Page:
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7 best fairway woods

Hit the sweet spot between distance and forgiveness with a new addition to your collection

Matt Payton
Friday 15 December 2017 14:52

“I can never get them to work”. It’s a refrain many golfers can be heard while admiring their friend’s new brassie, but these days, no golf club should be off limits.

Forget the bone-shaking Macgregor persimmons of your youth – the latest woods should help you hit that 230-yard sweet spot more regularly.

Charitably helped by three golfing friends, I took an array of three woods onto the links courses of Devon, testing them from the tee box, fairway and first cut. With the added bonus of gale-force winds and sideways rain, we quickly found out their qualities.

We were looking for mainly for forgiveness and distance but also, we were judging them on appearance, as confidence is an essential for a three-wood shot off the deck.

Ping G400: £219, Jam Golf

The appearance on Ping’s latest range is very pleasing indeed – the club’s copper shaft and detailing looks very classy. More importantly, it sits very flat at address with a wide face projecting confidence of hitting the sweet spot on most lies – none of that topping nonsense. This bore out in results with all players, regardless of handicap, being able to gain good control of shots from a variety of uneven lies. While providing decent yardage, the forgiveness on off-centre shots was reassuring, as you’d expect from a Ping club. Users are also able to increase or decrease the loft by up to one degree if necessary.

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Cobra Golf King F7: £189, American Golf

The main attraction with this club is the weighted rails on its underside. Firstly, these helps you stay low and keep a good contact with the ball in the first cut of rough. Secondly, the rails also smooth the club through the grass allowing for a better swing. It’s an excellent club for those with high handicaps – this is not one to punish a less than average ball strike. It has a classic style too – you can choose between many colours, but we reckon black is still the one to go for.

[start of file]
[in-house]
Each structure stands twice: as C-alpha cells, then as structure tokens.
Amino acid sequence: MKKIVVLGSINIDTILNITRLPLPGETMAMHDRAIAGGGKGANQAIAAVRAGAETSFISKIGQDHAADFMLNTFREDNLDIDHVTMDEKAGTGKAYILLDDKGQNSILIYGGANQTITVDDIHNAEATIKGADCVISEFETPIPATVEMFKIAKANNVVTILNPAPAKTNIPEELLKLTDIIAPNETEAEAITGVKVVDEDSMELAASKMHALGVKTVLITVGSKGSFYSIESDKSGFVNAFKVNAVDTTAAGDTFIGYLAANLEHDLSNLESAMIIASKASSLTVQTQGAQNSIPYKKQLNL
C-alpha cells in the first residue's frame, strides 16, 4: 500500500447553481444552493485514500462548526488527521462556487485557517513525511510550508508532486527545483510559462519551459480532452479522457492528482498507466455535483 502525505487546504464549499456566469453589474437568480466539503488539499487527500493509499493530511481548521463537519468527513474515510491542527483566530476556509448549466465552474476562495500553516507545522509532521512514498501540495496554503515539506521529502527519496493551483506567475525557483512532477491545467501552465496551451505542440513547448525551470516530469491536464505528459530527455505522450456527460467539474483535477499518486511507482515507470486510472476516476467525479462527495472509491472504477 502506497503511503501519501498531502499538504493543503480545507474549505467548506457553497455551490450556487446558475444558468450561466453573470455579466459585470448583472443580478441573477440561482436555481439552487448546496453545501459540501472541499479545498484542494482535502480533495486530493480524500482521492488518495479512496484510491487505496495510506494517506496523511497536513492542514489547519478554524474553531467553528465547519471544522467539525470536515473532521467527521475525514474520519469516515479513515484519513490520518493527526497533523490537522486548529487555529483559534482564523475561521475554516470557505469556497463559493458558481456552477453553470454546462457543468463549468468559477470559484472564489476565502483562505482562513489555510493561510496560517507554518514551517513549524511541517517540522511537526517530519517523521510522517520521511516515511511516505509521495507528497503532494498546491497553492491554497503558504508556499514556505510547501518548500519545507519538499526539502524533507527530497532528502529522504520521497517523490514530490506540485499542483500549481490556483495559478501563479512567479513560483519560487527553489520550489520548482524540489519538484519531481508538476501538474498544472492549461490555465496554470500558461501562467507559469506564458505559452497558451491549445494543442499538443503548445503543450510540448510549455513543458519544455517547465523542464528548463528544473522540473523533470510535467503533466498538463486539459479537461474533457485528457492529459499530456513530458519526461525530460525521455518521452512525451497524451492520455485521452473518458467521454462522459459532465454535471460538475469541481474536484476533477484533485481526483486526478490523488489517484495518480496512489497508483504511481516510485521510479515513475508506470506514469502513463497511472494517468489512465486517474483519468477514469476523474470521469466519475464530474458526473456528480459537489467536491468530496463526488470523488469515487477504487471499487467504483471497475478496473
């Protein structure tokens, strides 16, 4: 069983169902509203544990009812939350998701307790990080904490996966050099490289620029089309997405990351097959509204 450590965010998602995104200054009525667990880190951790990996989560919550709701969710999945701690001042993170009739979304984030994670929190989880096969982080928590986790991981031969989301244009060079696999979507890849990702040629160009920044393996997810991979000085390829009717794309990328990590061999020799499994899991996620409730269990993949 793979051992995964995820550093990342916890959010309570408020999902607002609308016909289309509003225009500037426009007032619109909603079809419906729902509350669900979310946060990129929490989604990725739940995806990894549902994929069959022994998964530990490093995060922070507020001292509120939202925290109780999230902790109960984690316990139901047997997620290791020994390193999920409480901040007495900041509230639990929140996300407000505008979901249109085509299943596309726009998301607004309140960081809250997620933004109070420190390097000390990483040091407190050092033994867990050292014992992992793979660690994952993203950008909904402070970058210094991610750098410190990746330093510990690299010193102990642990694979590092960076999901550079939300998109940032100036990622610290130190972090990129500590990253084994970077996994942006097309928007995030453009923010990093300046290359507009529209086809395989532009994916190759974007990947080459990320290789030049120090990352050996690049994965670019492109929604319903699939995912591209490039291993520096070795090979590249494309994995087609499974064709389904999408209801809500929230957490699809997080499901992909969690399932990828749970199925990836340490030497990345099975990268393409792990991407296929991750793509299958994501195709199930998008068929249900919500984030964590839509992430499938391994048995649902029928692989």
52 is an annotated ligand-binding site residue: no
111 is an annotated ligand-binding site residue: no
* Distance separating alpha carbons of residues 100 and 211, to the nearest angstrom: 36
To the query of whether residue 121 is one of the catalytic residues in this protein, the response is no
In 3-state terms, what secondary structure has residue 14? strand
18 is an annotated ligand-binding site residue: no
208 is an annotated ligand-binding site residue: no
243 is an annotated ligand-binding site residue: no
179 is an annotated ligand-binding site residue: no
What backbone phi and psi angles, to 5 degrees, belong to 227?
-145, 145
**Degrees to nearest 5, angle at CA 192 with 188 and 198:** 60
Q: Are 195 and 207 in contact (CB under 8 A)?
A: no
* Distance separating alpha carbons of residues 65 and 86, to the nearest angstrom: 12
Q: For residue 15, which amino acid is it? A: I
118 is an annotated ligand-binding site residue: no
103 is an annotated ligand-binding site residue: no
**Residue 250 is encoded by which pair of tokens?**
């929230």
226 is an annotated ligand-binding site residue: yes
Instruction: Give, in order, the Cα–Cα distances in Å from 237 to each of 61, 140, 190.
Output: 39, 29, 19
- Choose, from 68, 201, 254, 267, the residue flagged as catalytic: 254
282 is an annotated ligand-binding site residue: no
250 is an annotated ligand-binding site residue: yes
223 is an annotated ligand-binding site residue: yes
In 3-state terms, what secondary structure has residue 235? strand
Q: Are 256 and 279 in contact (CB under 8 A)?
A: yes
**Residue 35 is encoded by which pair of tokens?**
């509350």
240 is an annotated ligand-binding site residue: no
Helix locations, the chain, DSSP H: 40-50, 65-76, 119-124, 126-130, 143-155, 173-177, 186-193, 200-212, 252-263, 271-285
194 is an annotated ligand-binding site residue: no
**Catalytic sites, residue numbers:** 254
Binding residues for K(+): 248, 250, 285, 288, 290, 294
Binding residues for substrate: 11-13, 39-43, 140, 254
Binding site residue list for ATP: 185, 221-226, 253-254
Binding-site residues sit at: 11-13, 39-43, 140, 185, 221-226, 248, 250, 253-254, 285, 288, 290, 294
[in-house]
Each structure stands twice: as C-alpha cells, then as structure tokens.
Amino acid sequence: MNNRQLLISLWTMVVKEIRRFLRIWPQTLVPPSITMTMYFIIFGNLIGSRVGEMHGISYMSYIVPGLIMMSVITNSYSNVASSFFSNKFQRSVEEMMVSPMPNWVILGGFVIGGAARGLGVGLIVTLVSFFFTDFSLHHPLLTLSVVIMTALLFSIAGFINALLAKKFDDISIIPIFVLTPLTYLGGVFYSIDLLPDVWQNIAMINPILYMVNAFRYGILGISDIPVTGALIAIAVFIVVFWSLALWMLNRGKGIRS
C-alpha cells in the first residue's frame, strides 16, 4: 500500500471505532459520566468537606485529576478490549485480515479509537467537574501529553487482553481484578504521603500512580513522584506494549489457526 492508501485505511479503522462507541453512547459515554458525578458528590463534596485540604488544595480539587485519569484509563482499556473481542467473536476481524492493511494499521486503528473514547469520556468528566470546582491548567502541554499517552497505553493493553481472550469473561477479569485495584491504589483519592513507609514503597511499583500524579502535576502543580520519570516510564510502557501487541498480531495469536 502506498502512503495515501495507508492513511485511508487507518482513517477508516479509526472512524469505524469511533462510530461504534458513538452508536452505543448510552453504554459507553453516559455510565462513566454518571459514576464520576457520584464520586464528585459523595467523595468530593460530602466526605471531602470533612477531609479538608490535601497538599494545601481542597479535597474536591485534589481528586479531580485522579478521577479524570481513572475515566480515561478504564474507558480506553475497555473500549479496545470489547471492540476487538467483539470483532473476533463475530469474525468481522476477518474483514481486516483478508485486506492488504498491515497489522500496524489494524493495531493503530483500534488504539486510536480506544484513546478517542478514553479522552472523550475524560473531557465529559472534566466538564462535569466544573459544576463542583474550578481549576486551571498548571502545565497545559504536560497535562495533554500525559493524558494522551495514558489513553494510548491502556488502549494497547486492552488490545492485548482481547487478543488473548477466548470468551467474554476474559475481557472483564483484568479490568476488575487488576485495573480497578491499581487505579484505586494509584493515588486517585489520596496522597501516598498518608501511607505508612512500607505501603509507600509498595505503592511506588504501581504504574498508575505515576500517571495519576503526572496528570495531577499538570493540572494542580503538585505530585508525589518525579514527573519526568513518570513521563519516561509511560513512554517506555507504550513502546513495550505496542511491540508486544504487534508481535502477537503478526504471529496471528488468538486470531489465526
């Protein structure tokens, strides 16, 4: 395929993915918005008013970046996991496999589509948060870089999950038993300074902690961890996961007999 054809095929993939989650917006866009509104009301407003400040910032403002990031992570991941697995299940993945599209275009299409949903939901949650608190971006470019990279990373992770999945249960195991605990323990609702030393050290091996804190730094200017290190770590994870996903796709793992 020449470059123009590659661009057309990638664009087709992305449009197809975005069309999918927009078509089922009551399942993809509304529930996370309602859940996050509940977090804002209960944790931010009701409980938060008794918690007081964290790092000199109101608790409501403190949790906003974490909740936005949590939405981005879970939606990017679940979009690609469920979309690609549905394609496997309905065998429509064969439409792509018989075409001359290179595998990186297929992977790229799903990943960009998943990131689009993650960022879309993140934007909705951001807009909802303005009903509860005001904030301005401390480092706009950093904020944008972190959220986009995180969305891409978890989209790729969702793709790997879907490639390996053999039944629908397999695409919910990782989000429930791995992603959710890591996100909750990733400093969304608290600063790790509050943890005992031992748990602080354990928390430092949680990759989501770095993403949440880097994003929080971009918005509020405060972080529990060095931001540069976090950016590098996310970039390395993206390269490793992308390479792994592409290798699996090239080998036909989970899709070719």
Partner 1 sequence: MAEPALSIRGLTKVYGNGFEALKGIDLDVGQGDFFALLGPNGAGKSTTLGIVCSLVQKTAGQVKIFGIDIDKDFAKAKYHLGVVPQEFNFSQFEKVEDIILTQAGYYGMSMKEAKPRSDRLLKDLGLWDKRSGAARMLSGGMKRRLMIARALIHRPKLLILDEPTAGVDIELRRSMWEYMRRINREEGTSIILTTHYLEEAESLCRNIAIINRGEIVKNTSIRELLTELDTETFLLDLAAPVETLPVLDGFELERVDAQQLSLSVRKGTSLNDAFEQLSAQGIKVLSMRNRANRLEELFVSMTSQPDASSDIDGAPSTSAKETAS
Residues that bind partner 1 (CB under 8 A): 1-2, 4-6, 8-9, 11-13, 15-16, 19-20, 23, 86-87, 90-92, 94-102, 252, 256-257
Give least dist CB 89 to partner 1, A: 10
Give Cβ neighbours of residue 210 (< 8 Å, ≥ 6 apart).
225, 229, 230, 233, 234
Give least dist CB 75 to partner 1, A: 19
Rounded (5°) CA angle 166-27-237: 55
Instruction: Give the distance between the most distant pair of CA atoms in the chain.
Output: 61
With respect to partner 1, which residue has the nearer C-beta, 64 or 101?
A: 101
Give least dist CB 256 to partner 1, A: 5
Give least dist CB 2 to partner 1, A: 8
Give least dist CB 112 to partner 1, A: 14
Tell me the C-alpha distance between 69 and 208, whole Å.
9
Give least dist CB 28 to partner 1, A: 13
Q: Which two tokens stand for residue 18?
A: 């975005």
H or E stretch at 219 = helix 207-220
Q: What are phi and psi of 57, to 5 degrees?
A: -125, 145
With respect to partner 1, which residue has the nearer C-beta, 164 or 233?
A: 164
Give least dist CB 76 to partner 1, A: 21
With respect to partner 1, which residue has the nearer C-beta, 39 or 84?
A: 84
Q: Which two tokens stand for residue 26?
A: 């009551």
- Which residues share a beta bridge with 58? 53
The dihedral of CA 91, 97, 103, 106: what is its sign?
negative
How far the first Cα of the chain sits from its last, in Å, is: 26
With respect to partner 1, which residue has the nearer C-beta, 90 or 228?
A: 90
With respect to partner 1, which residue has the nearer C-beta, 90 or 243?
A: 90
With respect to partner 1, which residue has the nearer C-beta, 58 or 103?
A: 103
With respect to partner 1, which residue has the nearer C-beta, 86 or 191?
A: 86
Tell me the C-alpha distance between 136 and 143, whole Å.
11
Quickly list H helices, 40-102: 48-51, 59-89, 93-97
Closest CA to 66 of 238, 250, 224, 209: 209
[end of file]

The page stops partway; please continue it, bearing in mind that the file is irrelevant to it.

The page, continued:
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Taylormade M1 2017: £249.99, American Golf

The choice of Messrs Woods, Day and Johnson, the Taylormade M1 is a statement club. With its futuristic, white-and-black carbon fibre finish, you do get a feel of being a pro. This is the club for the lower handicap player as it offers less forgiveness in return for impressive yardage. Owners can increase or decrease the loft by up to two degrees, and there’s also a moveable 25g weight to help control a player’s propensity to fade or draw the ball.

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Callaway Golf Steelhead XR: £199.99, American Golf

Based on one of most popular fairway wood designs of all time, the Steelhead XR is reassuring as its shape and design stays close to the legendary, initial Big Bertha metal woods. For many, the fact the loft cannot be changed will be a real positive as this forgiving medium-distance wood would never be one to scare a golfer in a tough spot. This would be a wise choice for a player getting over negative experiences with low-lofted woods.

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Taylormade M2 2017: £199.99, American Golf

The more forgiving sibling of the M1, the M2 shares the same futuristic look while offering more assistance to the inevitable heel or toe shot. The loft and weight settings are not adjustable, there is certainly a large proportion of golfers who actively avoid such interactive features (we have a number of friends in mind). Regardless, this is still a big-hitting club easily capable of competing with some drivers.

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Mizuno JPX 900: £249, The Golf Shop Online

This eye-catchingly blue wood has a love it or hate it look – it is certainly striking. It proved a real winner off the fairway, helping achieve solid striking for all abilities. Its extensive adjustable weight and loft settings helped us fight the links course wind by reducing the height of shots. This did not prove a particularly long-hitting club but it was responsive, allowing us to register where we are hitting the ball on the clubface and improve accordingly.

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Callaway Golf GBB Epic: £249, American Golf

Like the Epic driver, this is a beast of a club with its green underbelly and its grey-black carbon fibre top. The power on offer through this club is very impressive and the distances achieved were rarely matched by other clubs. This is a three wood for a low handicap player, as it does not punish a bad shot with lost distance as much as direction. Like other adjustable clubs in this list, the GBB Epic can have its loft changed to help it hit off the deck and the first cut.

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The verdict:

As with all golf clubs, testing potential three woods yourself is a necessity, but the above all provide great results. The Ping G400, however, ticks all the key features of distance, forgiveness and appearance from all lies and in the most difficult conditions.

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